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The Dating Game: Demystifying Food Expiration Dates to Reduce Food Waste

By Emily Broad Leib, Director, Harvard Food Law and Policy Clinic

 

It’s lunchtime and you find your salad dressing in the back of the fridge. The label says “Use by 10/01/13.” You throw it in the trash, feeling guilty that you spent $5 on it and only used half. But you don’t want to get food-poisoning… Sound familiar?

As it turns out, that salad dressing, and tons of other food thrown away at or near its expiration date, was probably still perfectly safe to eat. This is the main takeaway of The Dating Game: How Confusing Food Date Labels Lead to Food Waste in America, recently published by the Harvard Food Law and Policy Clinic and the Natural Resources Defense Council.dating_game_title.jpg

The news that expiration dates on food are misleading, inconsistent, and unrelated to food safety has struck a chord with many Americans. We are concerned about the impact of food waste on the environment, on food security, and on our pocketbooks. In the U.S., an estimated 40% of food goes uneaten, and the average American household loses $1560 annually by purchasing food they end up throwing away. These numbers are even more troubling when we consider that 1 in 6 Americans do not have enough to eat.

This is not just a U.S. problem. Around the globe, governments and citizens are seeking ways to decrease food waste. In 2011, the U.K. Department for Environment, Food and Rural Affairs issued guidance to help industry standardize and clarify date labels for U.K. consumers in order to decrease food waste. The Untied Nations Environment Programme (UNEP), the Food and Agriculture Organization of the United Nations (FAO), and Messe Düsseldorf have partnered to create the Think.Eat.Save Campaign, which seeks to raise awareness and incite action to address global food waste (an estimated 1.3 billion tons each year).

Expiration date confusion is a major driver of waste. In the U.S., date labels such as “sell by”, “use by”, and “best before” are largely undefined in law. With the exception of infant formula, date labels are not regulated by the federal government. Unfortunately, the lack of federal law has led states to fill the void with inconsistent regulations. Further, the dates are not indicators of safety, but are instead manufacturers’ best guesses of peak quality. No wonder consumers are confused!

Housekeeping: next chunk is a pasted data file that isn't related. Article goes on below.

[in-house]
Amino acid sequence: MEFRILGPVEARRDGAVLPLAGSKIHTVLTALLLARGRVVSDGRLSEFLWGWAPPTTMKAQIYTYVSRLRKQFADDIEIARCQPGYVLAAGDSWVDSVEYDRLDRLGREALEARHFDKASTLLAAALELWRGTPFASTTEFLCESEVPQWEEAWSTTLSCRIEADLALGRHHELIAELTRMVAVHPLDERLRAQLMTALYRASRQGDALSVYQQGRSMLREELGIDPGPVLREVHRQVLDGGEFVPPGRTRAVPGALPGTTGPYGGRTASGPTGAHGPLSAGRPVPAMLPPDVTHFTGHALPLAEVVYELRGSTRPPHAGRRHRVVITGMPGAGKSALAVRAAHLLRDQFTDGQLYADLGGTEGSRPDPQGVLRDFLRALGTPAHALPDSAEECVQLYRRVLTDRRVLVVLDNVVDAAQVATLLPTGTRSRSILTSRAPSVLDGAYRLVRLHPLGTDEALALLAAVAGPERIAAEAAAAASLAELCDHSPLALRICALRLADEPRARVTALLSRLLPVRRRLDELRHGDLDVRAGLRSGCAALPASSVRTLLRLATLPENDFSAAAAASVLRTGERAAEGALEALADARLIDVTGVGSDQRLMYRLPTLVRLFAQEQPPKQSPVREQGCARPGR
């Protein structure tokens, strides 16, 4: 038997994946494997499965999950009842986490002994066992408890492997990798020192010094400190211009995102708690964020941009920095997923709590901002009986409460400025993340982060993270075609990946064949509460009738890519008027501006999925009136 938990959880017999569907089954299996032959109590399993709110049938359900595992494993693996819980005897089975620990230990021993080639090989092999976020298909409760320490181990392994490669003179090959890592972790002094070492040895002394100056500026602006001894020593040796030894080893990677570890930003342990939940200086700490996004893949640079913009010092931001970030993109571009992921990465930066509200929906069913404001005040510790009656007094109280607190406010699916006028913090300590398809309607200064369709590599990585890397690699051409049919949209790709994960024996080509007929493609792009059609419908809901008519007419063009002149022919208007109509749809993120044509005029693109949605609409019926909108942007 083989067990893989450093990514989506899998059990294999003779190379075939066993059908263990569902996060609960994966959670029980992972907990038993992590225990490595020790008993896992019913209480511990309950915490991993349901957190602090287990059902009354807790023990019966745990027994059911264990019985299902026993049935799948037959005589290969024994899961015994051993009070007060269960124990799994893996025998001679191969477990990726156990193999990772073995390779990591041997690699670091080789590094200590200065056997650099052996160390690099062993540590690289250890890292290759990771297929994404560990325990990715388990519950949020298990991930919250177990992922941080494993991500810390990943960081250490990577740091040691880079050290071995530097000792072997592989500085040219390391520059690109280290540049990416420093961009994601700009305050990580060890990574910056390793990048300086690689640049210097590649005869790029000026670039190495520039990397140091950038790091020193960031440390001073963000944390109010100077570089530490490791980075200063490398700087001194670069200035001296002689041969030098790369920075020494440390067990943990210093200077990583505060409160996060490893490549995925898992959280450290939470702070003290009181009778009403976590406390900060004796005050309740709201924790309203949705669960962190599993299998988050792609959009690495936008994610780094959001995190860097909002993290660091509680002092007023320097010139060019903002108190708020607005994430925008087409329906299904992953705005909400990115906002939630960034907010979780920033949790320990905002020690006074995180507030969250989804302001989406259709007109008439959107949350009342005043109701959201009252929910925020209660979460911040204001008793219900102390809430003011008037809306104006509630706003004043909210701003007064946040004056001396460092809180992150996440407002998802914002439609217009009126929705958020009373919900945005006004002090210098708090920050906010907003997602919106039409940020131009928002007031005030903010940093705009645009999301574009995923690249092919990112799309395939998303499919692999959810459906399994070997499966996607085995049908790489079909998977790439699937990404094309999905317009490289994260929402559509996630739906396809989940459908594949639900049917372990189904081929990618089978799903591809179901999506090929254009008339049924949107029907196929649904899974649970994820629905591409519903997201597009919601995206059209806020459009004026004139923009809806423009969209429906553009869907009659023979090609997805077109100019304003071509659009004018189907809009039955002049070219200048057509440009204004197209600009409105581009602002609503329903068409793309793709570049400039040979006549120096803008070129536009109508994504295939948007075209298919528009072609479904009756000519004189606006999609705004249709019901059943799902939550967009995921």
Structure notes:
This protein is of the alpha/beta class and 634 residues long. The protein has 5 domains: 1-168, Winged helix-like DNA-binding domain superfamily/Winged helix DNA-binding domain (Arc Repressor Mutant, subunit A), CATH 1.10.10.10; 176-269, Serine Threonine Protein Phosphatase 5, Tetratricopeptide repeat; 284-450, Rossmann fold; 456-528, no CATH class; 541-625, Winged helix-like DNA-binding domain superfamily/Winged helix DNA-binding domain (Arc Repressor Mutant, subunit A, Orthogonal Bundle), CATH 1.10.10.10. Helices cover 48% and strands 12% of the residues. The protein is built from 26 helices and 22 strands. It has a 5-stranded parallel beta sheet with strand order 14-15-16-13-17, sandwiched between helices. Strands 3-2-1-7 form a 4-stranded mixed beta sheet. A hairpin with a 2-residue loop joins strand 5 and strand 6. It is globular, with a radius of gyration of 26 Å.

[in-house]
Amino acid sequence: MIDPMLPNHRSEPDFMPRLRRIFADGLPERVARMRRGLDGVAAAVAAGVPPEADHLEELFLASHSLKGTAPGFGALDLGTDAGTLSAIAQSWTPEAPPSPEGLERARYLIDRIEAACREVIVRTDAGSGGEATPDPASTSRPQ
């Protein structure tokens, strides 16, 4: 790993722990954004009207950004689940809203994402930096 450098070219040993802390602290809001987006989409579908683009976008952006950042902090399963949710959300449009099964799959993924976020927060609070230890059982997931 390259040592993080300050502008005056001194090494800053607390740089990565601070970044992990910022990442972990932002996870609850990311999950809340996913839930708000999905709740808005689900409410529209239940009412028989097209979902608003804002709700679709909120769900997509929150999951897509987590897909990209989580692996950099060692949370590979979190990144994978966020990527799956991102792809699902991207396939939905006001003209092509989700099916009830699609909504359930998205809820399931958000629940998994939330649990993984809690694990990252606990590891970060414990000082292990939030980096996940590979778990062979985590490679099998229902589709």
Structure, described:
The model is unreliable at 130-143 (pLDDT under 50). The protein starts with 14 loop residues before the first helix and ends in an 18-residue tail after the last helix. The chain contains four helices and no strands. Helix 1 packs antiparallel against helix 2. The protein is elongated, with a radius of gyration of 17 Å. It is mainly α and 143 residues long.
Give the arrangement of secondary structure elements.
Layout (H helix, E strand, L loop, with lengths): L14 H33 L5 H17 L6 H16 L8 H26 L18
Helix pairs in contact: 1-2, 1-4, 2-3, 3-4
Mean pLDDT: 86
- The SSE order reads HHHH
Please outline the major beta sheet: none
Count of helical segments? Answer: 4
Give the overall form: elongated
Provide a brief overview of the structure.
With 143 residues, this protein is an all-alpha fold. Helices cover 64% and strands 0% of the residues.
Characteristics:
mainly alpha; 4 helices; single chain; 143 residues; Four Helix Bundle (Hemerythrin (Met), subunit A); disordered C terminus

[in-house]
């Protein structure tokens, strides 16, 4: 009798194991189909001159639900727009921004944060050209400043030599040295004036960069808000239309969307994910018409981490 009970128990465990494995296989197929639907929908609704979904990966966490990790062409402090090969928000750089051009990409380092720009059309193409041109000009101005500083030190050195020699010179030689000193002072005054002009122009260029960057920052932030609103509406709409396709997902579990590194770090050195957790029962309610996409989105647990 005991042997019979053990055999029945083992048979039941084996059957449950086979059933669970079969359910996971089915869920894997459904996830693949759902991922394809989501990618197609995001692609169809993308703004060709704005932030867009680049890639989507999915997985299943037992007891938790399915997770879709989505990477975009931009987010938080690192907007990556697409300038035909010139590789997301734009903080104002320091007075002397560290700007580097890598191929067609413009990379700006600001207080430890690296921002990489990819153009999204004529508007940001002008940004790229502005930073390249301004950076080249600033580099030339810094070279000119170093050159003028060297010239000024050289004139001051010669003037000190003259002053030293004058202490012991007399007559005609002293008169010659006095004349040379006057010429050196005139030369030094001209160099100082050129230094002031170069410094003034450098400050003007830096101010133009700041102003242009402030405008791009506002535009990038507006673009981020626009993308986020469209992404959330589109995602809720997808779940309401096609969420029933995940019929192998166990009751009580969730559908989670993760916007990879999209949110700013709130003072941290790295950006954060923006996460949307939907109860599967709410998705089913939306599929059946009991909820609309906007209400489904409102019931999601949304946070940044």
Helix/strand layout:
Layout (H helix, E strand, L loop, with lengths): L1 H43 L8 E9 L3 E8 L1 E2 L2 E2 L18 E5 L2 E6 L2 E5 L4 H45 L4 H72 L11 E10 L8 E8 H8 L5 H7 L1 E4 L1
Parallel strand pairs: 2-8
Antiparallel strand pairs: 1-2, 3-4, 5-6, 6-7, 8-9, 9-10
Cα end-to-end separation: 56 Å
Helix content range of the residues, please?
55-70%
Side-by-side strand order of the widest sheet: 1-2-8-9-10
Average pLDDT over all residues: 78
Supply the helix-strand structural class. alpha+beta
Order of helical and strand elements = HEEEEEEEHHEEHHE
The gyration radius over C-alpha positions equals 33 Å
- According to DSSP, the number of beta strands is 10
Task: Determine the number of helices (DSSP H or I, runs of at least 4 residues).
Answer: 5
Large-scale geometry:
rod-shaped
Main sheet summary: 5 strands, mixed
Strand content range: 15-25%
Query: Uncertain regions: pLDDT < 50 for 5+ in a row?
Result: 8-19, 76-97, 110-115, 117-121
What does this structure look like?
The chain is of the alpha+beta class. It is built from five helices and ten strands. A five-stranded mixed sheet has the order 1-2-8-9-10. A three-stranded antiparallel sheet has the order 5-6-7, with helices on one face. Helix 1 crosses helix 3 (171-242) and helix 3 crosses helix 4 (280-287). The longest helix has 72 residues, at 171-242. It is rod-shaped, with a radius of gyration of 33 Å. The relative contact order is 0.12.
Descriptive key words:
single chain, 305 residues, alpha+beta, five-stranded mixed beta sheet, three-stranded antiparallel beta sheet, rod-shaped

Our report sets out a bold plan. Perfectly good food could be saved from the landfill if there was a coherent, reliable, and uniform date labeling system. This system should use unambiguous language and clearly distinguish between quality-based and safety-based date labels. For the vast majority of dates, which are meant to indicate only quality, that should be clear. For the small number of foods where the date might be linked to safety, that should be completely apparent.

In addition, “sell by” dates should be invisible to the consumer. Manufacturers provide these dates as guidance to the retailer, indicating the last date on which a product should be sold so that the customer has a reasonable amount of time to consume it. Yet, according to an industry report, 90% of consumers say they throw food away on this date because of safety concerns.

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Infographic Credit: Natural Resources Defense Council

So are you upset about wasting all that salad dressing? Here’s what you can do:

  • Educate yourself and inform your friends and family about this misleading system;
  • Remember that dates are not indicators of food safety – food safety experts cannot pinpoint a single instance of food poisoning linked to eating food past its date;
  • Smell or taste your food to determine if it is good to eat – you are the best expert on whether that food is still an acceptable quality;
  • Push Congress, government agencies, and food companies to improve the system.

Join us in decreasing food waste today, World Food Day 2013, to save our valuable environmental and economic resources from heading into the trash and landfills.

Check out The Dating Game co-authors on these national media outlets:

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followed this page 2013-10-17 09:15:29 -0400
published this page in Learn 2013-10-16 10:40:30 -0400